Place the lid and plunger/filter assembly into the brew keeping the plunger just 2 inches into brew. Allow coffee to steep for about 4 minutes for a large pot or 2 to 3 minutes for a small pot BEFORE pressing.

After your coffee has steeped for the proper amount of time, hold the press lid with one hand and using slow, steady pressure, depress the plunger while keeping the rod upright. There should be some resistance, but not too much. If you press to quickly or tilt the rod you could ruin your coffee by letting the grounds escape from beneath the filter, or you could overflow the pot. If you overflow the pot you could possibly scaled yourself as excessive force can cause the liquid to shoot out of the pot.

Allow all the sediment and grounds to settle for 30 seconds before pouring your coffee.

Turn the lid on your press so that the pour spout is open. Now you can pour yourself a cup of coffee. To ensure that you do not spill coffee hold onto the lid of the press while pouring.

It is not advisable to let the coffee sit in the press for an extended amount of time. If you made a large pot of coffee to drink over a long period of time, pour the extra coffee into a thermos after you have brewed it.

Be sure to wash your pot after using to get rid of any residues or oils.

Thursday, November 10, 2011

Upcycle/Recycle Used K-cups

Single serve coffee makers are great, convenient, and awesome in that you can use a different flavored k-cup every time. You aren't stuck to using the same flavor coffee until you replace the bag. But that is a lot of k-cups to throw away. Even if you just drink one cup of coffee each morning that is 365 a year that are thrown away.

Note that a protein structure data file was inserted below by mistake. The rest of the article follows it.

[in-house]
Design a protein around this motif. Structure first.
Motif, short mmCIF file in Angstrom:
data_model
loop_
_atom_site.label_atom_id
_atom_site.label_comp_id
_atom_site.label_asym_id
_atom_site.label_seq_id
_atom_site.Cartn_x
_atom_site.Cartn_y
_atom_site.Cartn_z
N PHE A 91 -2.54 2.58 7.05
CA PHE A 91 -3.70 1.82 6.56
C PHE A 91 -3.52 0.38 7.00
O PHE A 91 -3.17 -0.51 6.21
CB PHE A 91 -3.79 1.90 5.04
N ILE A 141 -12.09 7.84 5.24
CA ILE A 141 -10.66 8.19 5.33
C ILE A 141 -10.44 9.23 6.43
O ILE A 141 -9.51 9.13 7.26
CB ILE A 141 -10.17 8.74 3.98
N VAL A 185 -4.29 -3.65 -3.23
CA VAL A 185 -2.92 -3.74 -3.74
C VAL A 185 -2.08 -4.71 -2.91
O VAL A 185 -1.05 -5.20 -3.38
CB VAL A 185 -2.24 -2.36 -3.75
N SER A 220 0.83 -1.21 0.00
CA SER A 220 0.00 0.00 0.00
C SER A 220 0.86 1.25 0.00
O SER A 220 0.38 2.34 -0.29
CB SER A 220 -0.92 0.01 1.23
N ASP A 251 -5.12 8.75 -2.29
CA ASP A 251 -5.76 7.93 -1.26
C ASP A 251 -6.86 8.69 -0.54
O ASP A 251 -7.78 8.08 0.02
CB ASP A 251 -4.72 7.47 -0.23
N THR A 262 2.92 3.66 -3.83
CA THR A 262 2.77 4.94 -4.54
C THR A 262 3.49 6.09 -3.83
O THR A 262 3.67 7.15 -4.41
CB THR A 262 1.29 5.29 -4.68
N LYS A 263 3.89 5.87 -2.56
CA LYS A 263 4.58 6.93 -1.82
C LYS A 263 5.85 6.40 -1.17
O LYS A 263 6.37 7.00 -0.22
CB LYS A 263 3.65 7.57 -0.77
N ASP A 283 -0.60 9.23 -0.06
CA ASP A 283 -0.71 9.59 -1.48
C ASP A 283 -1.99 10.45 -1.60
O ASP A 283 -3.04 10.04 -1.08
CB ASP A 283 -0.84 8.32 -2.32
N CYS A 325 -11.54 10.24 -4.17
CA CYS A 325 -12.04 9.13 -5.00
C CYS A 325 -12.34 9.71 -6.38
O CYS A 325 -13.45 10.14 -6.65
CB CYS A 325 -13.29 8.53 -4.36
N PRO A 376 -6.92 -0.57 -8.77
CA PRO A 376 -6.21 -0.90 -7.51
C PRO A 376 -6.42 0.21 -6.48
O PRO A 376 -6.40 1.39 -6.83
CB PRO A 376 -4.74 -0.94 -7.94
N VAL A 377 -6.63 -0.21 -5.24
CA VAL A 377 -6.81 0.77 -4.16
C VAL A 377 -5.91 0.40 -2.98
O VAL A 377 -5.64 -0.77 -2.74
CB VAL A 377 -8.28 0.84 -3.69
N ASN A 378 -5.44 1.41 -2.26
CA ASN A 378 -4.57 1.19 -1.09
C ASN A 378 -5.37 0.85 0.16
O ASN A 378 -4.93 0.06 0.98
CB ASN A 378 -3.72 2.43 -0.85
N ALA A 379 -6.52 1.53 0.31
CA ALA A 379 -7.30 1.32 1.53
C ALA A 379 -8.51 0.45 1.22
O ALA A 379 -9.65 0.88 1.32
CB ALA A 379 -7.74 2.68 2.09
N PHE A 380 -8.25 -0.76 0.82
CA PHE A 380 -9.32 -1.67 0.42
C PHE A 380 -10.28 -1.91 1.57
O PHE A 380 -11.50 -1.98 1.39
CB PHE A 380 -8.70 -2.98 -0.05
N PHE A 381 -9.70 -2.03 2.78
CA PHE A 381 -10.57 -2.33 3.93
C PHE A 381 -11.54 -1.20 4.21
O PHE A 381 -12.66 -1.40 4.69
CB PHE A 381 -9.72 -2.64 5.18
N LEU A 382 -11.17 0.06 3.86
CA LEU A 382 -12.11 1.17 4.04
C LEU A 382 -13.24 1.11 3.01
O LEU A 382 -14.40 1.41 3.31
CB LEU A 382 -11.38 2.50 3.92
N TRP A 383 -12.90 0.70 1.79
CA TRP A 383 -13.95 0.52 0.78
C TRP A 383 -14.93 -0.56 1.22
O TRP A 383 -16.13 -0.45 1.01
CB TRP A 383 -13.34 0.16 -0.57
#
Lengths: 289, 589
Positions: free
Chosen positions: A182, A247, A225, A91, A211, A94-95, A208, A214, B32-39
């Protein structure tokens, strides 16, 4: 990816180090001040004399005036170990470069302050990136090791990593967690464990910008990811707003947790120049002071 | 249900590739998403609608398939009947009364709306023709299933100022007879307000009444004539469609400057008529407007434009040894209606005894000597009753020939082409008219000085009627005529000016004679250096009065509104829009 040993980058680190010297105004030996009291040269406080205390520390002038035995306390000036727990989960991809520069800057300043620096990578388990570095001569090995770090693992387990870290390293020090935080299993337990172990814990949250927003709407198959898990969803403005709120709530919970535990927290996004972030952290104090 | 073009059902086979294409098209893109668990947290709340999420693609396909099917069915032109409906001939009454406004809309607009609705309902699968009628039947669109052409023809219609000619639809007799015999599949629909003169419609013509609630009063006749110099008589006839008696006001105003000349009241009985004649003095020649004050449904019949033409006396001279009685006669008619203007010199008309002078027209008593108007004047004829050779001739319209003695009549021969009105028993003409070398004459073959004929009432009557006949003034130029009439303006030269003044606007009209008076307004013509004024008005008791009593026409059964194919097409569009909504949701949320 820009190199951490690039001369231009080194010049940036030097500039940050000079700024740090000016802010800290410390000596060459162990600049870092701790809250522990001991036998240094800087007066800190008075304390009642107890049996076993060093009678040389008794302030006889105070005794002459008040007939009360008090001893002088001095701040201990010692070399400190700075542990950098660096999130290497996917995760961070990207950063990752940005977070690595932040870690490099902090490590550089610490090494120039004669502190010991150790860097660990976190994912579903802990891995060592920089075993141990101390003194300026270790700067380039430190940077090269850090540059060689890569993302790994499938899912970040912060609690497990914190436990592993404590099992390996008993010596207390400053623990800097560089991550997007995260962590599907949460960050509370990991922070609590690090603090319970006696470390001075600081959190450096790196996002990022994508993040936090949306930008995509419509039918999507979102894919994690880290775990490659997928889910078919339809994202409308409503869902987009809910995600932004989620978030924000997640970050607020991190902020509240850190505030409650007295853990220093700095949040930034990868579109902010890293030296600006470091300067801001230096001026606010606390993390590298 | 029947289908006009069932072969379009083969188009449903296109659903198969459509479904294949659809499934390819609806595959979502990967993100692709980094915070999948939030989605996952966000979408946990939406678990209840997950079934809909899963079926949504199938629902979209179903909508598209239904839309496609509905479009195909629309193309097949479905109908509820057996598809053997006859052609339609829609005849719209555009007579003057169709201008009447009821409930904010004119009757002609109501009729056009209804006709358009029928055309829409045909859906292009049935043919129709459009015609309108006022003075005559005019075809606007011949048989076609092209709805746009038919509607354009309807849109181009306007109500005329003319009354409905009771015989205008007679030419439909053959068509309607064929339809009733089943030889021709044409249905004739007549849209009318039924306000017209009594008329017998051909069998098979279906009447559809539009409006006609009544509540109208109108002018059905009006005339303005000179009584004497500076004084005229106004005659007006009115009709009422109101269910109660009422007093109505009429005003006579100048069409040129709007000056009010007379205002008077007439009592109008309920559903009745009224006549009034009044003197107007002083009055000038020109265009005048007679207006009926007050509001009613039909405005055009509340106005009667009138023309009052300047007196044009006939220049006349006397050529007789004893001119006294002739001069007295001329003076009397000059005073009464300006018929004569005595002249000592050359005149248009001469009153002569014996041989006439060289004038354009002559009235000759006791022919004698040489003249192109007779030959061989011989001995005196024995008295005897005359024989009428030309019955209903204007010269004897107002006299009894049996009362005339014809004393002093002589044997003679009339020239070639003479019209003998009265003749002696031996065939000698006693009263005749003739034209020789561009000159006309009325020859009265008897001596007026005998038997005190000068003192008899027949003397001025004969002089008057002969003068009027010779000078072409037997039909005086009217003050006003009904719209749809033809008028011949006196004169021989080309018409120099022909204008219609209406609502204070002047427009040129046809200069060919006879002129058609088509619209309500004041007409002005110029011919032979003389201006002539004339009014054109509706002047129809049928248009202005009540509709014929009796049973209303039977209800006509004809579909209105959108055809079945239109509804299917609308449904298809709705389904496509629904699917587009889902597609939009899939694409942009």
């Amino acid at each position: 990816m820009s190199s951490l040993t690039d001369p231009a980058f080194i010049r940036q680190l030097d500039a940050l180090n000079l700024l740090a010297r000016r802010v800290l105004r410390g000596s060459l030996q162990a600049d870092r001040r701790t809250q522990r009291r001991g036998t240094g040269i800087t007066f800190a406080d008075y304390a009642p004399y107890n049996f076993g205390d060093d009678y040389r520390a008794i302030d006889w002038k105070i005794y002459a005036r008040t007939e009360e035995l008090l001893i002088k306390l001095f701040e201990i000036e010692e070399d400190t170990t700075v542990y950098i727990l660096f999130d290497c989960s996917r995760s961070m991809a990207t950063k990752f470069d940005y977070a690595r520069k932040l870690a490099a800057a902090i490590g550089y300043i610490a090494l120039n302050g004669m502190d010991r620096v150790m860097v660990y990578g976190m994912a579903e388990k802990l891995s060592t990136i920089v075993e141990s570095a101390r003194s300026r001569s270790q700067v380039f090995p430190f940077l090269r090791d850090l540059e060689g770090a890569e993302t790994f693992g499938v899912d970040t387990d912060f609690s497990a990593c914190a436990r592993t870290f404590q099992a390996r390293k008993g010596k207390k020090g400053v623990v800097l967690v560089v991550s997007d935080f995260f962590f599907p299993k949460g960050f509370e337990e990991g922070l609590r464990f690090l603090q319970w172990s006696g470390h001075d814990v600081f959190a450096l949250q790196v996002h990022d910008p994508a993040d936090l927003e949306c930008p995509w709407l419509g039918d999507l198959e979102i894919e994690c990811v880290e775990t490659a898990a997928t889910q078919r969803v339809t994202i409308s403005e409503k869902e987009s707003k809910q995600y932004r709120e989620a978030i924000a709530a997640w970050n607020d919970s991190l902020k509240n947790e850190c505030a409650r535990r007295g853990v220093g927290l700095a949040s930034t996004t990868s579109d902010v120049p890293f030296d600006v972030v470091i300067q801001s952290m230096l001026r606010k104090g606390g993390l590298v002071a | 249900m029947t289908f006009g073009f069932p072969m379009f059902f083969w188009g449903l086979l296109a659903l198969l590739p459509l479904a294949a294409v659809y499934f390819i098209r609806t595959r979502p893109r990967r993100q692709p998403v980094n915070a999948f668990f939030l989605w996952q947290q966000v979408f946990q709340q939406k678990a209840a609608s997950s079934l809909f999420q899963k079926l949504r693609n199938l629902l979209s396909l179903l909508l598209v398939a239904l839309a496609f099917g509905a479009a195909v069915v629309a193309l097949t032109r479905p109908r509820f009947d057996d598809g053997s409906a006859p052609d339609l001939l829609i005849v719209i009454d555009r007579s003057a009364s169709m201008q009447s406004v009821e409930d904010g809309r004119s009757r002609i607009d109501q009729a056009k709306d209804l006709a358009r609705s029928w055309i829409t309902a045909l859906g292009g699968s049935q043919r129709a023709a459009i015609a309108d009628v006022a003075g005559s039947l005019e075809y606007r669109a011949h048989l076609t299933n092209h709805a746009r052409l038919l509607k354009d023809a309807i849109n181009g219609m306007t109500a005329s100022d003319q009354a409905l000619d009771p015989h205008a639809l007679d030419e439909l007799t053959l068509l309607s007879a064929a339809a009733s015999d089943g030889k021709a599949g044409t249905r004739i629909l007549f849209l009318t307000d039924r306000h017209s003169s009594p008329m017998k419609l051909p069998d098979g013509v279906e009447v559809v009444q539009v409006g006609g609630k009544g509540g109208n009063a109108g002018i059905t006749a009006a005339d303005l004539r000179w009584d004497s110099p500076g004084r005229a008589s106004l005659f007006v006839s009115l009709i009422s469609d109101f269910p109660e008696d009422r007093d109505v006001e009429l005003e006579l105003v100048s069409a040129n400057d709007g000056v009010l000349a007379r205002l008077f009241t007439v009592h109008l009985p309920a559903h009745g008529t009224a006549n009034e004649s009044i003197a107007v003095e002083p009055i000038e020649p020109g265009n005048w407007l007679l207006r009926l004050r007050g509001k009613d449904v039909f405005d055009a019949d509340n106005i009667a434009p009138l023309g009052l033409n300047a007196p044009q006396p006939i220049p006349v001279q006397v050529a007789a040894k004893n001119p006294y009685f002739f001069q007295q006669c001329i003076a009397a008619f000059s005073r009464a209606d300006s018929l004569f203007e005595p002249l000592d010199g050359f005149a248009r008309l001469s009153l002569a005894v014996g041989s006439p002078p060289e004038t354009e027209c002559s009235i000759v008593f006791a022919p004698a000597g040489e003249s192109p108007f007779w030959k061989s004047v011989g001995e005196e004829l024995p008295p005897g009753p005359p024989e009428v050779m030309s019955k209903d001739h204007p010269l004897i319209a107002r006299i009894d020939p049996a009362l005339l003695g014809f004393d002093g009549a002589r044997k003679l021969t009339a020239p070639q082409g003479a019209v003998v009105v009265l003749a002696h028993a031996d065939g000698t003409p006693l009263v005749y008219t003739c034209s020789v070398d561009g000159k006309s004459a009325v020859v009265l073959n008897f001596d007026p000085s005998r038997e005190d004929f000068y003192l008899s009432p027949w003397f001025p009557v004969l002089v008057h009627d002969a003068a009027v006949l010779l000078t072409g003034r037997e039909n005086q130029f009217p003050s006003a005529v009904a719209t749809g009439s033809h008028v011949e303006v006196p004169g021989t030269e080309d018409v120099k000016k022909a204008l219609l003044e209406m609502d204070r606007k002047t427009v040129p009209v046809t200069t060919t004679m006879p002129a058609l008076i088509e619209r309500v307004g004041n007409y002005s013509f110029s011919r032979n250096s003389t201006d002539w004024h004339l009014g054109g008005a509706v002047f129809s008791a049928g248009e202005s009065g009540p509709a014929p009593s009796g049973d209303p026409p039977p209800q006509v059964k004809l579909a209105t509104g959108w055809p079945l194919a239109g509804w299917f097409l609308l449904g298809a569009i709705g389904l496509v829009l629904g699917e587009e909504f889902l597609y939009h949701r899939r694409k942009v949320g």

So what can you do with those k-cups?

Here is one idea:

Use for starting small seedlings:

Perforate the bottom of the k-cup. Place in a tray of sand. Fill with soil and place one seed into each pod.

Reuse these guys.

Friday, October 28, 2011

How to Use a Reusable Coffee Filter with Keurig

If you own a Keurig Coffee Brewer, then you are familiar with the k-cup, a small plastic cup with the perfect amount of coffee in it. It is easy to use and it is disposable, but it is also plastic.  If you are trying to lessen the amount of garbage you throw out each week, then you are probably a little bummed about throwing away these plastic cups every time you fix a cup of coffee.

Luckily, Keurig is compatible with reusable single cup coffee filters. So how do you use these filters in a Keurig coffee maker?

  1. Grasp the filter holder lid. Turn it counter clockwise to open.
  2. Pull the basket filter out of the filter holder.
  3. Remove any packing material from your coffee filter.
  4. Wash it with warm soapy water and rinse with hot water.
  5. Dry your filter and place it inside the holder.
  6. Close the lid by turning it clockwise.
Using your filter for coffee:
  1.  Open the holder by turning the lid counter clockwise. Remove the filter basket.
  2. Remove the K-cup holder from the brewer.
  3. Fill the basket with desired amount of coffee. 2 Tbsp. of coffee per every 6 oz. of water is what is recommended by most roasters. Do not fill the filter basket past the mesh of the basket. Be sure that there are no coffee grinds on the top rim of the filter basket.After some debate on the filter on facebook, we tested the basket due to a customer having trouble with sediment in the bottom of her coffee. Be sure that the coffee does not come up to the edge of the mesh and that the coffee you are using is a coarse coffee. Fine coffees can leave a sediment and if the cup is too full a sediment can be left in the bottom of a cup as well. If you are still having trouble and you ordered your Reusable filter from us please call our customer service at 1-800-251-8824.